Muscovite (also known as Common mica, Isenglass, or Potash mica[1]) is a phyllosilicate mineral of aluminium and potassium with formula: KAl2(AlSi3O10)(F,OH)2. It has a highly perfect basal cleavage yielding remarkably thin laminae (sheets), which are often highly elastic.

Muscovite melts at approximately 1320C, has a Mohs hardness of 2 - 2.25 and a specific gravity of 2.76 - 3. It can be colorless or tinted through grays, browns, greens, yellows, or (rarely) violet or red, and can be transparent or translucent. The green chromium rich variety is called fuchsite.

Muscovite is the most common mica, found in granites, pegmatites, gneisses and schists, and as a contact metamorphic rock or as a secondary mineral resulting from the alteration of topaz, feldspar, kyanite, etc. In pegmatites, it is often found in immense sheets that are commercially valuable. Muscovite is in demand for the manufacture of fireproofing and insulating materials and to some extent as a lubricant.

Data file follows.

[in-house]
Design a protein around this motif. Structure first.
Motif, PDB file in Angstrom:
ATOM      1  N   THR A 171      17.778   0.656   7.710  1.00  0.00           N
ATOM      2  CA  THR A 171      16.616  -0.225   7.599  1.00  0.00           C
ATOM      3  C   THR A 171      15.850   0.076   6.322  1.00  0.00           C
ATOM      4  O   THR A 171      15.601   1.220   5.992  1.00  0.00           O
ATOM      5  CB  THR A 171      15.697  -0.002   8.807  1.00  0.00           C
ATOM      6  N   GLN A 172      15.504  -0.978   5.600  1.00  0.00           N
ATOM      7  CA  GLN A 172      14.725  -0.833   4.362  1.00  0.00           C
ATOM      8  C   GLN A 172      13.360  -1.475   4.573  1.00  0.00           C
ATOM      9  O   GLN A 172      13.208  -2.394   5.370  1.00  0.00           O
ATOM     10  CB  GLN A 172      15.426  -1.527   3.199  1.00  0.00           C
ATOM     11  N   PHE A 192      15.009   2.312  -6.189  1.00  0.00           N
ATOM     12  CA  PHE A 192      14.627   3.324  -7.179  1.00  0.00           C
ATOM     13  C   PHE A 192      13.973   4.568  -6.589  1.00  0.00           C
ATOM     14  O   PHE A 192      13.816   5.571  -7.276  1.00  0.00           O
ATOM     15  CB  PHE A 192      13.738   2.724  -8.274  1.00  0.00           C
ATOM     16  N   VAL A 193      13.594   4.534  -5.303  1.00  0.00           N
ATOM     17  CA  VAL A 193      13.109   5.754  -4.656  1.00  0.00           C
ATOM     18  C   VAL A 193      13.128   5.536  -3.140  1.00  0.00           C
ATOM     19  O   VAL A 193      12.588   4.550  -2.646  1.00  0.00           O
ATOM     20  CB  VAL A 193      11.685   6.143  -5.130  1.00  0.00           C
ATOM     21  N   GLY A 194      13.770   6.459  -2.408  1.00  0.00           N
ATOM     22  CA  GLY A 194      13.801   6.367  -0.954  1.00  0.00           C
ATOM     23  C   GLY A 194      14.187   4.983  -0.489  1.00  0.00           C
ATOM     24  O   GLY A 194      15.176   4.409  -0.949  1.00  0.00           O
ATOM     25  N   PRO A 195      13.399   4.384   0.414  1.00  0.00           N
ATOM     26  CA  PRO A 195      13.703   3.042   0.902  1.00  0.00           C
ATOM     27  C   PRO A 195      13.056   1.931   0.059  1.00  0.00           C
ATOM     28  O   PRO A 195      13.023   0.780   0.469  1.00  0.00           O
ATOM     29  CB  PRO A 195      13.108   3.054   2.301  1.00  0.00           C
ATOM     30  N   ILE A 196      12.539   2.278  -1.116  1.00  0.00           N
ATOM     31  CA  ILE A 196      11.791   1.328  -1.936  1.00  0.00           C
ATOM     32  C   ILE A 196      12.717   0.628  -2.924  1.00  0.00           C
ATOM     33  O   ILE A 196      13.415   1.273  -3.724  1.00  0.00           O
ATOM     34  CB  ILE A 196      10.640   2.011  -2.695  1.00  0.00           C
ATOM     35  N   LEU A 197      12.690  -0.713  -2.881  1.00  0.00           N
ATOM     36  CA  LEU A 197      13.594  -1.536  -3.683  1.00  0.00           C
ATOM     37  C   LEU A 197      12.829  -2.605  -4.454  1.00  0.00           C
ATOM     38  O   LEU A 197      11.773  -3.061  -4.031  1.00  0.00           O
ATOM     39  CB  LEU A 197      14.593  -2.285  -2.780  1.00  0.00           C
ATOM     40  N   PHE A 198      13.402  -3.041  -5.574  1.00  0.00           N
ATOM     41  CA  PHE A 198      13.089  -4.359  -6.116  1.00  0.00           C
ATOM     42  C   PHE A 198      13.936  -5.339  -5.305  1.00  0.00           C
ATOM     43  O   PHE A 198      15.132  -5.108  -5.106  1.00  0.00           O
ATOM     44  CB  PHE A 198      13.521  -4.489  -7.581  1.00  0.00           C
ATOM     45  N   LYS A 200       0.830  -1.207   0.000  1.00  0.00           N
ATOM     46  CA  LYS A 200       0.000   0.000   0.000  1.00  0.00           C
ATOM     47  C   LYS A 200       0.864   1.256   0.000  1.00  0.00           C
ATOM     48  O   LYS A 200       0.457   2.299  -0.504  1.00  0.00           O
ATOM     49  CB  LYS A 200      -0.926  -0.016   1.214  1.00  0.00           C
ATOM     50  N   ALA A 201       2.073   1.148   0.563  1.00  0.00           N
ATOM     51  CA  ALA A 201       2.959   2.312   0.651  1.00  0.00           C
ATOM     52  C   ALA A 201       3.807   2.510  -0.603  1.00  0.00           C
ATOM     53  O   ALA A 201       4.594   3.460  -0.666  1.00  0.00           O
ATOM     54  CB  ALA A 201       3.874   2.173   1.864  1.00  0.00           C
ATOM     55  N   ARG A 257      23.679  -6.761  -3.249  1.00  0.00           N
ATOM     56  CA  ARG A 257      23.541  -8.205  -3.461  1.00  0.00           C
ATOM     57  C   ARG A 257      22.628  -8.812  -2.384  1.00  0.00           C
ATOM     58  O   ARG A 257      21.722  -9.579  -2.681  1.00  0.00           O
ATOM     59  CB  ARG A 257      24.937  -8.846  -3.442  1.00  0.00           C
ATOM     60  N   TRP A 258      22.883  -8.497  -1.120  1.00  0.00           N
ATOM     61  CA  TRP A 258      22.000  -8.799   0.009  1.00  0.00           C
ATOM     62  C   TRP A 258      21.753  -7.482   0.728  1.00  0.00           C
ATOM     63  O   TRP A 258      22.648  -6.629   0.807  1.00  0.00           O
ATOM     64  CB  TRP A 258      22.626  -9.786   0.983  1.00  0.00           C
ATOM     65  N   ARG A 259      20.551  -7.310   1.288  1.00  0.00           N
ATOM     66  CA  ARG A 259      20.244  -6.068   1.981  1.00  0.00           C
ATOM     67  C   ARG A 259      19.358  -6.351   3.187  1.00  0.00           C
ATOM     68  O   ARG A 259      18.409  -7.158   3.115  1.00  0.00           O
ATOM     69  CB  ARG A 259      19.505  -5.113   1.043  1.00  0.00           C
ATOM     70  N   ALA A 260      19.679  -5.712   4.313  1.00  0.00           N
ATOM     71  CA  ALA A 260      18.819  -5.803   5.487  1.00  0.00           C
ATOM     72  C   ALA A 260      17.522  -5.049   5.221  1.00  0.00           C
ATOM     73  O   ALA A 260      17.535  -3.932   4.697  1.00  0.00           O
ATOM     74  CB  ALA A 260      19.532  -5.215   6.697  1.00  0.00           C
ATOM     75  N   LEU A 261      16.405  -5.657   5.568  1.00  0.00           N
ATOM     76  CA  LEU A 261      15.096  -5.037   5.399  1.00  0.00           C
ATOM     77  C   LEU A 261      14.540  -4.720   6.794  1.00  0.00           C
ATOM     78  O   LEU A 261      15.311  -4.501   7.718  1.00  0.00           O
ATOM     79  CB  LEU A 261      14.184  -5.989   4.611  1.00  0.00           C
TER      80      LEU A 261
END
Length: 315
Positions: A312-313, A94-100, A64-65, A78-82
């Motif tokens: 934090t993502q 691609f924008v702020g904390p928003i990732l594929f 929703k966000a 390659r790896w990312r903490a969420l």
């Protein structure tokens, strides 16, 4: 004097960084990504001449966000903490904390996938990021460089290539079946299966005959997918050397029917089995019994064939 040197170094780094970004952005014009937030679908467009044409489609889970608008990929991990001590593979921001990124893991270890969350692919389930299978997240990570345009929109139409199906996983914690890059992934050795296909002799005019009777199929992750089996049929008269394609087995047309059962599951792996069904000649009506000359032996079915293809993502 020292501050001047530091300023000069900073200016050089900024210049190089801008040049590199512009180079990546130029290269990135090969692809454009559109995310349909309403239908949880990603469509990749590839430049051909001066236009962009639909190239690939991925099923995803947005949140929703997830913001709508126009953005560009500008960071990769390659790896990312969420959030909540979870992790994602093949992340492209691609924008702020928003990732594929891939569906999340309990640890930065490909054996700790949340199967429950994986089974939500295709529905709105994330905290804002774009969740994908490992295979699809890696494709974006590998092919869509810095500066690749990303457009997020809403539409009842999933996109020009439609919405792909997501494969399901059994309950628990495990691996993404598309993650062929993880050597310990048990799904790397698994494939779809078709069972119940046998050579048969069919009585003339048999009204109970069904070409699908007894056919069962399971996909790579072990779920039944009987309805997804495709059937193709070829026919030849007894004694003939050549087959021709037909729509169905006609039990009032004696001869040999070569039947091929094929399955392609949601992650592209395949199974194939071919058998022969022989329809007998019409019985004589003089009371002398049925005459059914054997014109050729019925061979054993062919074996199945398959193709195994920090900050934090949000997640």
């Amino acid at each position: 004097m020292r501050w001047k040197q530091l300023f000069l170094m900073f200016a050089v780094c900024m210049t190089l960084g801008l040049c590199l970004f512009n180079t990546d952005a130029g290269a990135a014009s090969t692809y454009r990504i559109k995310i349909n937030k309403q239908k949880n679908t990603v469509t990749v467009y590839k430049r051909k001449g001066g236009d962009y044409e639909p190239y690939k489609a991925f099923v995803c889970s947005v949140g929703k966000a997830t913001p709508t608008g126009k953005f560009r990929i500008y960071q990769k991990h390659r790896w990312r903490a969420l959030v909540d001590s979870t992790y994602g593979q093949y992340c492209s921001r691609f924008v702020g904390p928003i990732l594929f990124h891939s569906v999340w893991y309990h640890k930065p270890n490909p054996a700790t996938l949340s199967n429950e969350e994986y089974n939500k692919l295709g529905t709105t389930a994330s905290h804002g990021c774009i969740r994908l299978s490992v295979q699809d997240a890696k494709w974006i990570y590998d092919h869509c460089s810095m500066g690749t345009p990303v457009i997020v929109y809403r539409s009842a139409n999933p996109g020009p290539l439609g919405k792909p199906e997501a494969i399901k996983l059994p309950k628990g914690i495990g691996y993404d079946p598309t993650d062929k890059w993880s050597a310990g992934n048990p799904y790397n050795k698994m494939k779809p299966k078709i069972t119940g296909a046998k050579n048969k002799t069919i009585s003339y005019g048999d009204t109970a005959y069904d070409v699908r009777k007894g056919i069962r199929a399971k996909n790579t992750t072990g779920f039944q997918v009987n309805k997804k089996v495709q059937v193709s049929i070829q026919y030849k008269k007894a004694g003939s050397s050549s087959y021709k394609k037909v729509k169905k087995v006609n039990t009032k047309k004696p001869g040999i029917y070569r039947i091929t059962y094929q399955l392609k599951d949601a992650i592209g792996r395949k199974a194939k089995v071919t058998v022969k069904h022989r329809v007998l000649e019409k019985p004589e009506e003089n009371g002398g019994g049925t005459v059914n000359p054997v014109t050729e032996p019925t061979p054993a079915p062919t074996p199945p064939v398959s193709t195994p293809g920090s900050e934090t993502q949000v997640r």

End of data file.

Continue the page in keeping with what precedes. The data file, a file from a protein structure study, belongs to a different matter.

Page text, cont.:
The name of muscovite comes from Muscovy-glass, a name formerly used for the mineral because of its use in Russia for windows. It is anisotropic, and has quite a high birefringence. Its crystal system is monoclinic.

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